Drivers start your engines!
Today marks the 102nd running of the Indianapolis 500 – “The Greatest Spectacle in Racing.” Drivers will travel at speeds in excess of 225 miles per hour in pursuit of auto racing’s most iconic trophy. The winner will average about 160 miles per hour. The 1911 winner, Ray Harroun, average speed was 75 miles per hour, slower than some current posted highway speed signs.
Race day is exciting, and the pageantry is legendary. Throngs of people pour into the brickyard to be part of the spectacle and millions more watch it on TV. The singing of our National Anthem, “Back Home Again in Indiana”, and the stealth bomber flyover add to the enjoyment of the day.
Most of the attention will be on the 33 drivers, and rightly so, as they’ll be the ones responsible for executing the plan. However, behind them is an army of support staff including pit crews, strategists, spotters, spouses, and owners. Teams work as one to make sure the driver can win the race by strategizing and planning for a successful outcome. The plan is their road map for the race. As the race continues, they must adjust their plan based on new data like car performance, track conditions, and weather.
In addition to a fast car and the driver’s skill, they must have a little luck to win the race. In 2011 Dan Wheldon was trailing the winner until the last lap when J.R. Hildebrand’s car hit the wall on the final turn. Hildebrand’s accident allowed Wheldon to win. Wheldon would’ve finished second, at best, had Hildebrand not crashed.
Regardless of how fast these cars travel, the driver will pass and be passed by others. They’ll spend a majority of the 500 miles jockeying for a position to win. It’s important for them to focus on their team goals and not worry about the competition. They must put the emphasis on the process, not the result.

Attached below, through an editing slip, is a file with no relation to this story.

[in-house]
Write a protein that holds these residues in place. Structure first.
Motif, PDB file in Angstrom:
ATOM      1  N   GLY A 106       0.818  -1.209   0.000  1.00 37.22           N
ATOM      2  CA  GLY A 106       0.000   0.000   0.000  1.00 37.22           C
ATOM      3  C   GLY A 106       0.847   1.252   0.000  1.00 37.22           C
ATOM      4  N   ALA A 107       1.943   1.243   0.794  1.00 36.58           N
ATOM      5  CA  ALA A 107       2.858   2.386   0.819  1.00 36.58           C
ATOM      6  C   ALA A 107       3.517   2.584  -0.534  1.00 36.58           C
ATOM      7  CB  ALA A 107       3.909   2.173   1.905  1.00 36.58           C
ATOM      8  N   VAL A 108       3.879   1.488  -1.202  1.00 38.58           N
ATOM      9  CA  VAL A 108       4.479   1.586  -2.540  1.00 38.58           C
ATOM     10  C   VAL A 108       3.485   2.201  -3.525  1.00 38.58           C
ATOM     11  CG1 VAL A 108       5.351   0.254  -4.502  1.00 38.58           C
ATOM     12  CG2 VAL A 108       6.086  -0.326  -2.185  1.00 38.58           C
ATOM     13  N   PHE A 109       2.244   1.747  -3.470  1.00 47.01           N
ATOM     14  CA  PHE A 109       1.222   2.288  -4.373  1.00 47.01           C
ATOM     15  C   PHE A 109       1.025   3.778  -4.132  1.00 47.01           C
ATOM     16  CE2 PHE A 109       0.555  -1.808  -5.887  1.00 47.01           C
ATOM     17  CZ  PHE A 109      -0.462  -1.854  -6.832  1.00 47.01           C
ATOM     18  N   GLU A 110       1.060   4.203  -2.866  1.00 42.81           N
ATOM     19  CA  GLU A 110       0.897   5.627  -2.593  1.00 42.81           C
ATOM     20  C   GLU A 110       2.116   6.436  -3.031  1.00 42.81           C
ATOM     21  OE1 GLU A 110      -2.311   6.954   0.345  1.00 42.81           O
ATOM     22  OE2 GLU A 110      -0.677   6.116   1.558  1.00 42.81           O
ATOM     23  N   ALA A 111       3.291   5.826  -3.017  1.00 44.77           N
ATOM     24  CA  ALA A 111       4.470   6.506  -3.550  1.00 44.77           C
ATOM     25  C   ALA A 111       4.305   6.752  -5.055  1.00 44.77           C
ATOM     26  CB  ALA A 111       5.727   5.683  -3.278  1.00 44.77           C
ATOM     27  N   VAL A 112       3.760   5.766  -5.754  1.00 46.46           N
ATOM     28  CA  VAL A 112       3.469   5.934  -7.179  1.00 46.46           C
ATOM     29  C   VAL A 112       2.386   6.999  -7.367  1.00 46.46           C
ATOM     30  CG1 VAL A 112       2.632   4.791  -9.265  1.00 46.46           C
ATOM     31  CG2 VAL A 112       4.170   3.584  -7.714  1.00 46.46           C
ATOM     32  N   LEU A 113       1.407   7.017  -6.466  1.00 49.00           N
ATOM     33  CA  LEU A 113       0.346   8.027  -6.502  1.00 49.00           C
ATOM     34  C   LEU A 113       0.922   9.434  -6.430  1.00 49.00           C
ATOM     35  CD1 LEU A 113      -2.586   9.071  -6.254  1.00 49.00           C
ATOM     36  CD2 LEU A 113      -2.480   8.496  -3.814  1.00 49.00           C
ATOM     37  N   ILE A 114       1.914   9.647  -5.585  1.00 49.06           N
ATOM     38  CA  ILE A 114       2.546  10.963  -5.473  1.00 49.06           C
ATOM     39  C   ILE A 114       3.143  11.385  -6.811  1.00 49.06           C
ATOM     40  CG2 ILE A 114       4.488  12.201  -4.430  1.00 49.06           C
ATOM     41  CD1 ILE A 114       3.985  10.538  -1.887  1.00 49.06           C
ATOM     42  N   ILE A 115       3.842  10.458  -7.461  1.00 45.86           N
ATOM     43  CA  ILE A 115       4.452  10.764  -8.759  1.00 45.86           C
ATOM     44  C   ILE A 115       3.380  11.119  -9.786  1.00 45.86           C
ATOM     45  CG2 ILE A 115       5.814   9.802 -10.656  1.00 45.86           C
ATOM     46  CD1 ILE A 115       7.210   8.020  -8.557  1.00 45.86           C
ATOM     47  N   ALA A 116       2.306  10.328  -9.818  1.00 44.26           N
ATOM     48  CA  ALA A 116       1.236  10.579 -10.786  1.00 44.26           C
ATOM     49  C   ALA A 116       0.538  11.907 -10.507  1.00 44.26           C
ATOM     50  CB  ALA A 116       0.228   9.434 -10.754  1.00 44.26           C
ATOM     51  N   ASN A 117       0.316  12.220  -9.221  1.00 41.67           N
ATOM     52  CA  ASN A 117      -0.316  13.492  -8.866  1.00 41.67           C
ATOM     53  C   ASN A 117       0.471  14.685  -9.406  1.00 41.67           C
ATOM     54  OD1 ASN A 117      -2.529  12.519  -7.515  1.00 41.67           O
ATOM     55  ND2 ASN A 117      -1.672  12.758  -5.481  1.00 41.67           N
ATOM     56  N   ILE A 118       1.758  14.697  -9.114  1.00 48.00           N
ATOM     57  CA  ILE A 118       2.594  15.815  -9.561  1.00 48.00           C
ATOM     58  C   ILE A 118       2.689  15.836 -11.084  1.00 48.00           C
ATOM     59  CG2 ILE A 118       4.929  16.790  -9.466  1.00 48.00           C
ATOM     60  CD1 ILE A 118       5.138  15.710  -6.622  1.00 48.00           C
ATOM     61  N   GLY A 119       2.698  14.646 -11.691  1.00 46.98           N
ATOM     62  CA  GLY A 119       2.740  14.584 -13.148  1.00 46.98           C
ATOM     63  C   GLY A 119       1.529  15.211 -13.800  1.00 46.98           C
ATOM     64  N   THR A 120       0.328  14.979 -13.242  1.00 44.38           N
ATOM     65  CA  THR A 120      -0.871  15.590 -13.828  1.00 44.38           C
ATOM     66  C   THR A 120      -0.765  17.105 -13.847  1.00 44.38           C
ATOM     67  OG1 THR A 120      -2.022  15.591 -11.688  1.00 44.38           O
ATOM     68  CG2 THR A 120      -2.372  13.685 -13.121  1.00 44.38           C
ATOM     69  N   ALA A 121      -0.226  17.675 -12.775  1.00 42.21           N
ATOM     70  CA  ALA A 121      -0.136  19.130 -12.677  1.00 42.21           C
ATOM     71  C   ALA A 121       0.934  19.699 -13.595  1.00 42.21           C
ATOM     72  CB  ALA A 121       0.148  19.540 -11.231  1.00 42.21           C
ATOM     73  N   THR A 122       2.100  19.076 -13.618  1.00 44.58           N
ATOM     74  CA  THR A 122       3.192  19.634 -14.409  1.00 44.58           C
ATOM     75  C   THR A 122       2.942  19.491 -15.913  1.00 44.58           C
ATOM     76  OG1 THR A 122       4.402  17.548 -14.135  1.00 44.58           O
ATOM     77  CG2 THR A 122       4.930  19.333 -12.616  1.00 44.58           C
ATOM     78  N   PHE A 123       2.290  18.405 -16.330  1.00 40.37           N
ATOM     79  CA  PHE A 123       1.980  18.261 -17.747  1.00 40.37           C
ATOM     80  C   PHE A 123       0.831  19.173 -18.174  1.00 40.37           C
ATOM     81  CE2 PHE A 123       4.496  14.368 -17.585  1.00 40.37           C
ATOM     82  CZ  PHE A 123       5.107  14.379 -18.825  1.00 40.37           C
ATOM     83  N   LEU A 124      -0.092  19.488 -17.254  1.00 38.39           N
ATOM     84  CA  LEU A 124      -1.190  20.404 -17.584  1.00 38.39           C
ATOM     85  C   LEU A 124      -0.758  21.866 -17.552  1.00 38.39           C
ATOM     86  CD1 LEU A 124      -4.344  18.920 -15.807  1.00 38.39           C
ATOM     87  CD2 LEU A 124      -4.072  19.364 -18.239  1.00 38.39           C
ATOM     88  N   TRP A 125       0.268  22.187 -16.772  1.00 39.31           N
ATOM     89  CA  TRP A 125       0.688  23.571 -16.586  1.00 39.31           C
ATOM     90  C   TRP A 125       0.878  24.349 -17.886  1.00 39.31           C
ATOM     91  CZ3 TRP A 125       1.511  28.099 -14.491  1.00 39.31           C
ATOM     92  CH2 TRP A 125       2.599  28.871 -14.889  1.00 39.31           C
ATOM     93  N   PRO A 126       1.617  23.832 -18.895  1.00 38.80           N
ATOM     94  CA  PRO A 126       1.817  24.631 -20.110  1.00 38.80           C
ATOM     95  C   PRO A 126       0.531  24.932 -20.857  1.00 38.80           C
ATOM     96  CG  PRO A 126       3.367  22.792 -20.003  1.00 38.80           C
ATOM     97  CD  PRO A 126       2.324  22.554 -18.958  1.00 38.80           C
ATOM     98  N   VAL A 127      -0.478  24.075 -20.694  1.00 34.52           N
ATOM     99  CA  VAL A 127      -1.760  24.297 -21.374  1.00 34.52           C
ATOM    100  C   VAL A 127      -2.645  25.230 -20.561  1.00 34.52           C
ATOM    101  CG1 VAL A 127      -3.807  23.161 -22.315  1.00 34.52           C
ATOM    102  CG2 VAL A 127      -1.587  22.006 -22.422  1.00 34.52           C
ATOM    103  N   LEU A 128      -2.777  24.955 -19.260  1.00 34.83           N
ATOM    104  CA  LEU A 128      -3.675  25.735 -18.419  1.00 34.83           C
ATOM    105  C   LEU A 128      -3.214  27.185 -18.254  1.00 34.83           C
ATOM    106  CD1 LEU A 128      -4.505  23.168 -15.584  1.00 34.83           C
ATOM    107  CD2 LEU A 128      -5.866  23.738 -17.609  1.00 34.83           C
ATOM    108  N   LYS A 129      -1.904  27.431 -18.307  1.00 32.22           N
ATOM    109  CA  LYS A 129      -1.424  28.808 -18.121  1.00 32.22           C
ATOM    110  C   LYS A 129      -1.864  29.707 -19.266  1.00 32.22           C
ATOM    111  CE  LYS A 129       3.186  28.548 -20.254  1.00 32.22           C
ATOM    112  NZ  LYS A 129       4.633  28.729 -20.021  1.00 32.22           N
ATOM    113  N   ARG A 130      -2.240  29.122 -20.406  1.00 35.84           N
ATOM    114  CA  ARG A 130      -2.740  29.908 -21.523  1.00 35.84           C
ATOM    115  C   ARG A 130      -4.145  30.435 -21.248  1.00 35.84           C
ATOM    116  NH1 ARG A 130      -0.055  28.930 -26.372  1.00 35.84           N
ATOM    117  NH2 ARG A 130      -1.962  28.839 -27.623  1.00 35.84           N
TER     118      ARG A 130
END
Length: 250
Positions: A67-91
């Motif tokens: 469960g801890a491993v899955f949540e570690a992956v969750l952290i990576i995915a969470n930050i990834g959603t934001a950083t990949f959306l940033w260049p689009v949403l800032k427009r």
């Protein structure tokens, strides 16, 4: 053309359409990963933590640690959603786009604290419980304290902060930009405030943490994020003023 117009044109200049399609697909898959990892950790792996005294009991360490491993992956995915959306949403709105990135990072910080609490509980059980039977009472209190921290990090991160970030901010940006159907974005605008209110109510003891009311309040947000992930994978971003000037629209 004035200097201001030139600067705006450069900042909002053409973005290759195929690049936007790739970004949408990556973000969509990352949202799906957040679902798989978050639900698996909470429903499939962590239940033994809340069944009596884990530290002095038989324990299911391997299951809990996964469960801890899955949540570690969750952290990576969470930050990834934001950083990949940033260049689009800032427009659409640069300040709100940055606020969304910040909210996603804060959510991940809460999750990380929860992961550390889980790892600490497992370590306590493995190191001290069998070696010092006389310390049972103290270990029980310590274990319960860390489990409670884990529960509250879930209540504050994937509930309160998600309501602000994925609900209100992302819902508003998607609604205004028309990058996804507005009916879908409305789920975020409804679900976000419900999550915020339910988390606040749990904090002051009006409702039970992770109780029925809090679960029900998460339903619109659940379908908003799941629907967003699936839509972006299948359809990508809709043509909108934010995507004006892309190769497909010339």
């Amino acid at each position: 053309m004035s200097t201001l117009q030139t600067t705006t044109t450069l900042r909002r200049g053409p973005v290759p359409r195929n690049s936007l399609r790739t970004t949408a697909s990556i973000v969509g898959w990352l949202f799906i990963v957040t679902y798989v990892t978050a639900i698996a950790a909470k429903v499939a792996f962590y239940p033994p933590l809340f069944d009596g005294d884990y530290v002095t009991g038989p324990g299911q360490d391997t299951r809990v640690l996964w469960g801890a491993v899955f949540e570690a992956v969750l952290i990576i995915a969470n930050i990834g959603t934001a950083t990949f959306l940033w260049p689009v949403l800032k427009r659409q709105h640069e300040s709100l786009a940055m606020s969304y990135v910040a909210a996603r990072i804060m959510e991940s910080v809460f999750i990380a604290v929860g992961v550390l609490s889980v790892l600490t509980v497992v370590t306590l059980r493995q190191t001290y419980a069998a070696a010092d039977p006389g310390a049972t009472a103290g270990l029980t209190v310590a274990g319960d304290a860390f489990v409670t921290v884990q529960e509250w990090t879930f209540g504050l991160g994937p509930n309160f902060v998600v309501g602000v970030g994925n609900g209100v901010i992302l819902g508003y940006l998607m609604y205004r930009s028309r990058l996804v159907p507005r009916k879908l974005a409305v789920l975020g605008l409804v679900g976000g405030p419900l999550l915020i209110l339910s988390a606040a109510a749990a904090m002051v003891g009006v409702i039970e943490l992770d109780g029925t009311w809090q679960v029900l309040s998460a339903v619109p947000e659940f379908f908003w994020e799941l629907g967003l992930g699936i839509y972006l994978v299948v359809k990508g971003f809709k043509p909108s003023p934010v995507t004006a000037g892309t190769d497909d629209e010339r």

Prior to the start, drivers will be dissected by analysts, seers, and other prognosticators offering insight and predictions for the upcoming race – most of which won’t come true. They need to suppress this noise and concentrate on their team goals.
Unfortunately, drivers may experience a crash. When this happens the yellow caution flag will fly, and they must slow down for the clean up crew to clear the track before racing can resume. Accidents and crashes are unexpected, of course, so it’s best to try and minimize the damage.
What can an investor learn from the Indianapolis 500? Here are a few thoughts.
- Drive your own race. People travel at different speeds to reach their goals. If you’re on the right track, don’t worry about others.
- Create a financial plan. Your plan will help guide you through the race of your life. It will keep you grounded during all market conditions. You, like the drivers, will need to adjust it as you obtain new data.
- Work with your team to achieve your goals. A driver doesn’t compete on their own and nor should you. A team of trusted advisors can assist you with all your needs. A CPA, an attorney, and an advisor should be on your pit crew.
- The media and other experts will try distracting you from your plan. News headlines will make you question your investing goals so it’s best to ignore them and concentrate your efforts on following your plan.
- Diversify your investments. In the market, like racing, crashes happen. It’s not possible to predict a crash so your best defense is a diversified portfolio of stocks, bonds, and cash. Your investments should be a function of your plan and financial goals.
- Celebrate your wins. It’s important to enjoy the fruits of your labor. If you’ve reached a goal, celebrate it and then turn your efforts to the next one.
After 500 miles, the checkered flag will drop, a winner will be crowned, and he’ll celebrate by drinking milk and kissing the bricks at the finish line. The team will celebrate the victory for a few days and then start planning for the next race. You might not pass under a checkered flag when you’ve achieved your goals, but you’ll know when you’ve won your race.
Nothing compares to the Indianapolis 500. ~ Mario Andretti
May 27, 2018
Bill Parrott is the President and CEO of Parrott Wealth Management firm located in Austin, Texas. Parrott Wealth Management is a fee-only, fiduciary, registered investment advisor firm. Our goal is to remove complexity, confusion, and worry from the investment and financial planning process.
Note: Investments are not guaranteed and do involve risk.